He set the small navy-blue suitcase in the aisle and smiled, and she yanked it close to herself before he could take it hostage. His smile dimmed, and he turned to face the front of the plane. As they filed up the Jetway, she kept expecting him to “help” her more and request payment, but he never did.

When they reached the terminal, he disappeared into the massive crowd, and panic seized her. He’d known what he was doing. He could have told her where to go, but now she was all alone. What if she went to the wrong place and did the wrong thing? She was going to end up getting a full-body search and a lie detector test.

As she blindly followed the crowd, she tried to read the signs overhead, but her fear-scrambled mind couldn’t make sense of the English words.

“Passport, please.”

Somehow, she found herself at the front of a line. Heart pounding, she retrieved the little green booklet from her purse and handed it over along with all the forms the flight attendant had provided on the plane. This was it. This was the part she’d been dreading. The
paper
part. This was when everything could go wrong.

The airport employee scanned the forms, leafed through her passport, and stamped one of the pages before handing everything back to her. “Welcome to the United States, Esmeralda Tran. Enjoy your stay.”

She stared at him blankly. Oh, right,
she
was Esmeralda Tran. It was going to take time to get used to her new name— which Ngọc Anh had given her because Esmeralda from Disney’s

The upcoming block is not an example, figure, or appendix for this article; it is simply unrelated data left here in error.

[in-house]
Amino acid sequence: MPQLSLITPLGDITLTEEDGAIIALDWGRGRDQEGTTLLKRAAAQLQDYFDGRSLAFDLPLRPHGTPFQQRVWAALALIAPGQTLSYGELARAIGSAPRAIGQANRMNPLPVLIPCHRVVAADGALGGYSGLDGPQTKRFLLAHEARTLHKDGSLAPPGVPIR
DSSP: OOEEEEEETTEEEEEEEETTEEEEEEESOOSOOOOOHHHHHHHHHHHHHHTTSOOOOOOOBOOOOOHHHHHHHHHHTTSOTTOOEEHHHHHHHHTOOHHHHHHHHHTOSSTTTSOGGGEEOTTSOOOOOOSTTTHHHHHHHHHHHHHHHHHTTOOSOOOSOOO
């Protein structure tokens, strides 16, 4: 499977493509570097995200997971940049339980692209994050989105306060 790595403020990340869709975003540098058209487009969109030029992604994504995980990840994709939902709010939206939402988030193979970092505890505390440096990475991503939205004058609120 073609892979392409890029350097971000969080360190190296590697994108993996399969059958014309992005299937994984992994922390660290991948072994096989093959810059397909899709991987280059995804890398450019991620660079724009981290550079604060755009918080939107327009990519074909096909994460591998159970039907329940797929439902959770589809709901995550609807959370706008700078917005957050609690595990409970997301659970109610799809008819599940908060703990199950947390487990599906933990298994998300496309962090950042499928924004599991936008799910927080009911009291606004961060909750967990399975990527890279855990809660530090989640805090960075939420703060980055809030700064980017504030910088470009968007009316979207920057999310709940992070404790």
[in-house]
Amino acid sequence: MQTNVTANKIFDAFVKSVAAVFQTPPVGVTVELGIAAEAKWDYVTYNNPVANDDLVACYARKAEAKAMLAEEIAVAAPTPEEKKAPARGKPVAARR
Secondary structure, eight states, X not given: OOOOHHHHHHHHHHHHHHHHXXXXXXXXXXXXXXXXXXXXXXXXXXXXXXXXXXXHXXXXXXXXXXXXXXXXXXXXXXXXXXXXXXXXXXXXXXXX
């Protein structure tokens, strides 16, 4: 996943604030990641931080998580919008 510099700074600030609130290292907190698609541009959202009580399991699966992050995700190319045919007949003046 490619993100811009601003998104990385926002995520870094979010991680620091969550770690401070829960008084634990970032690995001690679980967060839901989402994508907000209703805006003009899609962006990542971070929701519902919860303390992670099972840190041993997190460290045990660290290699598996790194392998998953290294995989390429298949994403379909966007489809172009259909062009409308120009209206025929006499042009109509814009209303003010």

The Hunchback of Notre Dame
shared their coloring. Ngọc Anh had also chosen that moment to announce she wanted a new name, too. After a bit of research, they’d settled on Jade.

The airport employee motioned for her to move on. “Please proceed to baggage inspection. Next in line.”

That was it? It took her longer to scrub a toilet. Hugging her passport to her chest with one hand, she rolled her suitcase toward the inspection line. She put everything she owned on the conveyor belt and walked through all the spaceship scanner devices.

Once she came out on the other side, she grabbed her suitcase and stood still for a moment, taking in the chaos of the airport terminal. Foreign languages all around. The smells of perfume and food and bodies. Expensive-looking shops. Colors, clothes, hands holding suitcases, hands holding other hands. Everyone calm, purposeful, on their way. She wished she knew her way.

All of this was too new. Even
she
felt new.

New place, new name, new person, new life. Maybe. For the summer, at least.